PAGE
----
1st Edition

Values and Vaccine Refusal Hard Questions in Ethics, Epistemology, and Health Care

By Mark Navin Copyright 2016
    240 Pages
    by Routledge

    240 Pages
    by Routledge

    Parents in the US and other societies are increasingly refusing to vaccinate their children, even though popular anti-vaccine myths – e.g. ‘vaccines cause autism’ – have been debunked. This book explains the epistemic and moral failures that lead some parents to refuse to vaccinate their children. First, some parents have good reasons not to defer to the expertise of physicians, and to rely instead upon their own judgments about how to care for their children. Unfortunately, epistemic self-reliance systematically distorts beliefs in areas of inquiry in which expertise is required (like vaccine immunology). Second, vaccine refusers and mainstream medical authorities are often committed to different values surrounding health and safety. For example, while vaccine advocates stress that vaccines have low rates of serious complications, vaccine refusers often resist vaccination because it is ‘unnatural’ and because they view vaccine-preventable diseases as a ‘natural’ part of childhood. Finally, parents who refuse vaccines rightly resist the utilitarian moral arguments – ‘for the greater good’ – that vaccine advocates sometimes make. Unfortunately, vaccine refusers also sometimes embrace a pernicious hyper-individualism that sanctions free-riding on herd immunity and that cultivates indifference to the interpersonal and social harms that unvaccinated persons may cause.

    Preface, Acknowledgments, Introduction, Chapter One: Gender, Vaccine Denialism, and Resistant Epistemic Communities, Chapter Two: Bias and the ‘Irrationality’ of Vaccine Refusal, Chapter Three: Values and Vaccine Safety, Chapter Four: Parental Prerogatives and the Morality of Vaccination, Chapter Five: Coercive Vaccination, Chapter Six: Vaccine Exemptions, Conclusion


    Mark Navin is Associate Professor of Philosophy at Oakland University (Rochester, MI). His research focuses on ethical issues in law and public policy. In addition to his work on vaccine refusal, he has published on topics including human rights, inequality, conscientious objection, international development assistance, social segregation, and food justice.

    "Navin confronts the public stalemate over state-mandated childhood vaccines by taking seriously the concerns expressed by parents who worry about the safety and efficacy of vaccines. In so doing, he identifies the root of many parents’ concerns and exposes for us workable solutions that will help maintain high levels of public trust in vaccines."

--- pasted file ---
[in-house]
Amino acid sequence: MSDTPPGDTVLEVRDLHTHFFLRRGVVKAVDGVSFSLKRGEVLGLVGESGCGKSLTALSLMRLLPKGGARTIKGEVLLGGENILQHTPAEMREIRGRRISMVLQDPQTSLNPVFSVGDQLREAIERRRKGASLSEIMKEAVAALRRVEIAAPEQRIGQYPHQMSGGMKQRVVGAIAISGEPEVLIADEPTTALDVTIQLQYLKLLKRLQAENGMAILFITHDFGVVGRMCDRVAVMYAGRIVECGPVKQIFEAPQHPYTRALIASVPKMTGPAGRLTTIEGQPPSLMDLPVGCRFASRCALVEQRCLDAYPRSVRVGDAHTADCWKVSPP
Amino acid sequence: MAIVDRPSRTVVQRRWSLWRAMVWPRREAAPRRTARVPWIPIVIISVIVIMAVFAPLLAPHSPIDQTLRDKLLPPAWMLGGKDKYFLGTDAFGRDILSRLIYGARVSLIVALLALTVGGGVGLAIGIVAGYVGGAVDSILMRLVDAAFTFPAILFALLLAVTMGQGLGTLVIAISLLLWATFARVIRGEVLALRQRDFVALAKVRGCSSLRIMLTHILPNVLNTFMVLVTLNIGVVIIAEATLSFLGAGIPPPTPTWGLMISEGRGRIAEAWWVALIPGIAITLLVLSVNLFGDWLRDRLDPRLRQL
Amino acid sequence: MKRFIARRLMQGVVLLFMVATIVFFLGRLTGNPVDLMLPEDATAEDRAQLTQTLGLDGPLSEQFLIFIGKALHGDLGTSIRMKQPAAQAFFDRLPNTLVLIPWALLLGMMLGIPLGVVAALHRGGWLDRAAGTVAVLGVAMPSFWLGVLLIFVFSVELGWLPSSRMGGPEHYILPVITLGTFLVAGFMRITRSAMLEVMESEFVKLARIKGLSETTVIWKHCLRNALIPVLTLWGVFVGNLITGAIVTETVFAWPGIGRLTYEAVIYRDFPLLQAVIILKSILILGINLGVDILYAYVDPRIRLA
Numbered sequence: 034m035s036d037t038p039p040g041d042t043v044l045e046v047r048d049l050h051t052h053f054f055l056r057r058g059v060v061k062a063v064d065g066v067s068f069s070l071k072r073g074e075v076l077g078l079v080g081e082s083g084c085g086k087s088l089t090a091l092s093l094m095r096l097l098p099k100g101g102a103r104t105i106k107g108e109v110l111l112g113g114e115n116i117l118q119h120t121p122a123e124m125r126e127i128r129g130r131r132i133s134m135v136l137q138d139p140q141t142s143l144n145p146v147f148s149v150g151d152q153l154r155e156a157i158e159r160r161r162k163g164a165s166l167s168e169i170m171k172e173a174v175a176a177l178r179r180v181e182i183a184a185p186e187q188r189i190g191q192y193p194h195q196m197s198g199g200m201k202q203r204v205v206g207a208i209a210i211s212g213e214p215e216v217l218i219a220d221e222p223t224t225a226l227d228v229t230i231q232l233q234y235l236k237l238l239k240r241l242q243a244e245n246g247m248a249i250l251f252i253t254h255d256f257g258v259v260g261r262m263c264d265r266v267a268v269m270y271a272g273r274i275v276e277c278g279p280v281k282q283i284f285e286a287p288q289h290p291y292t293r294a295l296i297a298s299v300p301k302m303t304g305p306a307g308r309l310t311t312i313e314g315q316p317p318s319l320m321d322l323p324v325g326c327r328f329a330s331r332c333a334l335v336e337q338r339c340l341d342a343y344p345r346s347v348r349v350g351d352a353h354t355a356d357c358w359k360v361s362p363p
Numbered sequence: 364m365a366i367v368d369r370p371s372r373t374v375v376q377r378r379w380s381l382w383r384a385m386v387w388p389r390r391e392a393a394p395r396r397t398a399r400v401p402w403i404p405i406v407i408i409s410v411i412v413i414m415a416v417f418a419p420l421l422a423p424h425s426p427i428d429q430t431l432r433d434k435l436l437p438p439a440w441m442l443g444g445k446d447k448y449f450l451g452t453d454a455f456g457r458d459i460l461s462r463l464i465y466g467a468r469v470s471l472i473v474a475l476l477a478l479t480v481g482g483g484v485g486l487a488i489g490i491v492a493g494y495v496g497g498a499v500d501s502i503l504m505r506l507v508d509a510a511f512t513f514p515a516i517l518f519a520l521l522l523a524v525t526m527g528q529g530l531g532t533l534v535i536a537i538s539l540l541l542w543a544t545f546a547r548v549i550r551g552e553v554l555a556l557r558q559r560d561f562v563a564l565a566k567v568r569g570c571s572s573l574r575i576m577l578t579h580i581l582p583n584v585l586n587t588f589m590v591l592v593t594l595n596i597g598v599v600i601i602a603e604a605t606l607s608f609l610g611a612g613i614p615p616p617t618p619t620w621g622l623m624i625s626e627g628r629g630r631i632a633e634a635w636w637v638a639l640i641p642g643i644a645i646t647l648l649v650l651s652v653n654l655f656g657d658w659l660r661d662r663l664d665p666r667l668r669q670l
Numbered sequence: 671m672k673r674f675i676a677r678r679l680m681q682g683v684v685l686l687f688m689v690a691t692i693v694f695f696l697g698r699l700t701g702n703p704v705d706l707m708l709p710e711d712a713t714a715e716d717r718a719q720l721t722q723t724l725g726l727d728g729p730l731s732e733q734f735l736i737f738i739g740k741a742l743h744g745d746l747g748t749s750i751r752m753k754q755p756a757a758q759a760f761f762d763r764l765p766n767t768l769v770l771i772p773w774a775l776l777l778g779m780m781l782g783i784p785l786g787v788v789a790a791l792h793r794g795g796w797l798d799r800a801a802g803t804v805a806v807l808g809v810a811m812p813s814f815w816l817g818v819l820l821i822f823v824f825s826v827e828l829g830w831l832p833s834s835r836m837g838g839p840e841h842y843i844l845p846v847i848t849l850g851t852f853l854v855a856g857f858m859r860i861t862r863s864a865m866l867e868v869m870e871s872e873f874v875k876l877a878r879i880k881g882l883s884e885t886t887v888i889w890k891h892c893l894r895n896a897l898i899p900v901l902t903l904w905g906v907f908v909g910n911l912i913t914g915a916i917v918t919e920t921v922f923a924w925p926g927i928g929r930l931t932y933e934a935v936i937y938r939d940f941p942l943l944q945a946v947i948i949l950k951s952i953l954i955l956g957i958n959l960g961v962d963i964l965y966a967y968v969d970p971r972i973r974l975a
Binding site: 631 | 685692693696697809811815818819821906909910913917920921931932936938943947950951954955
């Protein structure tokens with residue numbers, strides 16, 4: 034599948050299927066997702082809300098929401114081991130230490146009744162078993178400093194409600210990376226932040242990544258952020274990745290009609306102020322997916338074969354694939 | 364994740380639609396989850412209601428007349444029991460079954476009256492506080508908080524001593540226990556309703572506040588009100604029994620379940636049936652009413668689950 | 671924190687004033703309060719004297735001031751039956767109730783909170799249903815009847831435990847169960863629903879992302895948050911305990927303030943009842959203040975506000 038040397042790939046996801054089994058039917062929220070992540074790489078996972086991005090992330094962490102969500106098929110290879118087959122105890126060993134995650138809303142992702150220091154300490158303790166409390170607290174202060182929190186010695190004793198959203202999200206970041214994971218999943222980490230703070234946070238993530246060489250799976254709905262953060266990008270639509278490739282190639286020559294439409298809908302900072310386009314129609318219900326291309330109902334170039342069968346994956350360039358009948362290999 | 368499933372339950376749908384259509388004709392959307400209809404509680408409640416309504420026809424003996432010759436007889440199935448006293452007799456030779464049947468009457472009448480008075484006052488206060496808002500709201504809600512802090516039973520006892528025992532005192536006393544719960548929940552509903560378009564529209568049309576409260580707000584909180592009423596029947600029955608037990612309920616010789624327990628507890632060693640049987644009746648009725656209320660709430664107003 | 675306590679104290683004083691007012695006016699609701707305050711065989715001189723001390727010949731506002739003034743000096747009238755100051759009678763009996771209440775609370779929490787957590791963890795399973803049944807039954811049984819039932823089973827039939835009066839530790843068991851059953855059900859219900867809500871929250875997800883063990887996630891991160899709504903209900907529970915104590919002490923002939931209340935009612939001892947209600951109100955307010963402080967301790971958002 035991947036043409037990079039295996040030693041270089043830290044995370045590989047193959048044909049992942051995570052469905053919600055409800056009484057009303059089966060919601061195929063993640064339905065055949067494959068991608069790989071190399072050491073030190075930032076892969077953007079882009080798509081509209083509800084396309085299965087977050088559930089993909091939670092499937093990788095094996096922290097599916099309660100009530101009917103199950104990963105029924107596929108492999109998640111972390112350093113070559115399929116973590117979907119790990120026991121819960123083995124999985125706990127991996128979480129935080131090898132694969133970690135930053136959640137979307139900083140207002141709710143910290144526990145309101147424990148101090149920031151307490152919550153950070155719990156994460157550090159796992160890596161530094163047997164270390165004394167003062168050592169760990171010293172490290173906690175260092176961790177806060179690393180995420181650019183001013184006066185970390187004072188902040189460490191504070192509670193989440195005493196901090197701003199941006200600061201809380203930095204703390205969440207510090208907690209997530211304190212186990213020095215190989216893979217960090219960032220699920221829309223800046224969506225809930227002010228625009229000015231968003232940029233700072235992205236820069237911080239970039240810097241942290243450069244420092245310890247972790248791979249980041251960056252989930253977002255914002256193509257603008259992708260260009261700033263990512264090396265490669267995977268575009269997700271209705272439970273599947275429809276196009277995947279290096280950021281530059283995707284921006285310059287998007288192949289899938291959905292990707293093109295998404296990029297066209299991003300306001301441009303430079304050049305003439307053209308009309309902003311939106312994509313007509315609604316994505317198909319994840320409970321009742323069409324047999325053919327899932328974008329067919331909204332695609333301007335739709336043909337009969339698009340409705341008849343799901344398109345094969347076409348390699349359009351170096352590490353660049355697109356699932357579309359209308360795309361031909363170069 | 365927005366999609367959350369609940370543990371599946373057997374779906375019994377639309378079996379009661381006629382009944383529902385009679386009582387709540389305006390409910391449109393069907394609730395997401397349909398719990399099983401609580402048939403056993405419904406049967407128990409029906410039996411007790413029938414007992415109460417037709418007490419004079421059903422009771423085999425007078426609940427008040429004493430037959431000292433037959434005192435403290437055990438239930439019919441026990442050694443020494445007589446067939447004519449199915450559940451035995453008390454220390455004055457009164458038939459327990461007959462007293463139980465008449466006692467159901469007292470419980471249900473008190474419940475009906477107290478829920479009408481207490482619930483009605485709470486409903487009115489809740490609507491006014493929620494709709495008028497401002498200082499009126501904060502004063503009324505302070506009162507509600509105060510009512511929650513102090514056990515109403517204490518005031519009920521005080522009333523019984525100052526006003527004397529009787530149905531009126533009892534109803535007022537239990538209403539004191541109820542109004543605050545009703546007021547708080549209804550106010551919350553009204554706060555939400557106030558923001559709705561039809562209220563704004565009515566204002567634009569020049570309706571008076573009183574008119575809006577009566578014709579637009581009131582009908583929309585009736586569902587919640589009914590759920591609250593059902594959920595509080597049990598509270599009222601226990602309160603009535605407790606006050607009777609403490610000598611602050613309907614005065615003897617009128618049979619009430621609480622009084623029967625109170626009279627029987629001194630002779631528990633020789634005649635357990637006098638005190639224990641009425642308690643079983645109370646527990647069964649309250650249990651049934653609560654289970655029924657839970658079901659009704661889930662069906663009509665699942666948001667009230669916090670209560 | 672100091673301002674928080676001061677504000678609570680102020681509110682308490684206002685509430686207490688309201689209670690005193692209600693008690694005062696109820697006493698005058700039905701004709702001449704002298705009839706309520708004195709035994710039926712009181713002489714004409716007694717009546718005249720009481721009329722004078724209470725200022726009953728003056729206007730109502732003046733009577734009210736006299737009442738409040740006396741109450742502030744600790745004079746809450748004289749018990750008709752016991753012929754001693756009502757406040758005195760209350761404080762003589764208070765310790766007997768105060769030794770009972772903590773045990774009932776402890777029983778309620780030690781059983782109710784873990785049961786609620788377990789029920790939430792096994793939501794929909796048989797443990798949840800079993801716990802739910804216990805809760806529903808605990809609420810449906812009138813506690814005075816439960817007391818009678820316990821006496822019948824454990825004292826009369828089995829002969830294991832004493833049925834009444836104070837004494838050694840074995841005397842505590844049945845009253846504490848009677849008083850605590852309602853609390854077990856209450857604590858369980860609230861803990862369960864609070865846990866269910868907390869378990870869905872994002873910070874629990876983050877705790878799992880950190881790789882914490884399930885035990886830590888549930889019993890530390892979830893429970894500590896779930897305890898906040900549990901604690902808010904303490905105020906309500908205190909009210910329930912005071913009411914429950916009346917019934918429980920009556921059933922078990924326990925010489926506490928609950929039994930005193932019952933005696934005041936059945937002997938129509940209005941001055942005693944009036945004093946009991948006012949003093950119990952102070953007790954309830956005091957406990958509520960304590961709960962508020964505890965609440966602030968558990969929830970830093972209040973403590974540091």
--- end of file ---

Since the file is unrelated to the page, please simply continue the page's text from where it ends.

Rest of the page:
Mark A. Largent, Michigan State University, USA

    "Parents who deny the safety or efficacy of vaccines and refuse to vaccinate their children are the targets of deeply emotional debate. In a rigorous and fair-minded way, Navin explains how vaccine denialism is symptomatic of deeper issues about the relationship between the educated public and health care. Navin explains sympathetically how otherwise apparently reasonable people may reason poorly when they feel disempowered by experts and support one another in increasingly isolated communities of knowledge. Navin's understanding of what motivates vaccine denialists and how they fall prey to overconfidence and cognitive biases should be highly illuminating for those on all sides of the current vaccine controversy."

    Leslie Francis, University of Utah, USA

    “To sum things up, Navin’s book offers valuable insight into the diverse and thought-provoking reasons for vaccine denialism. His portrait of vaccine denialism is a useful tool for public health officials and scholars who want to better understand denialist communities and vaccine refusal more generally.”

    Jessica Flanigan, University of Richmond, The Journal of Value Inquiry

    "This book is the result of a rigorous research effort resulting in extensive notes and bibliographies at the end of each chapter. Navin is a philosopher, and there is a philosophical orientation to the written material.This can make the text challenging to read at times, but it enhances the quality of the information provided. Summing Up: Recommended."

    R. L. Jones, Pennsylvania State University, College of Medicine, CHOICE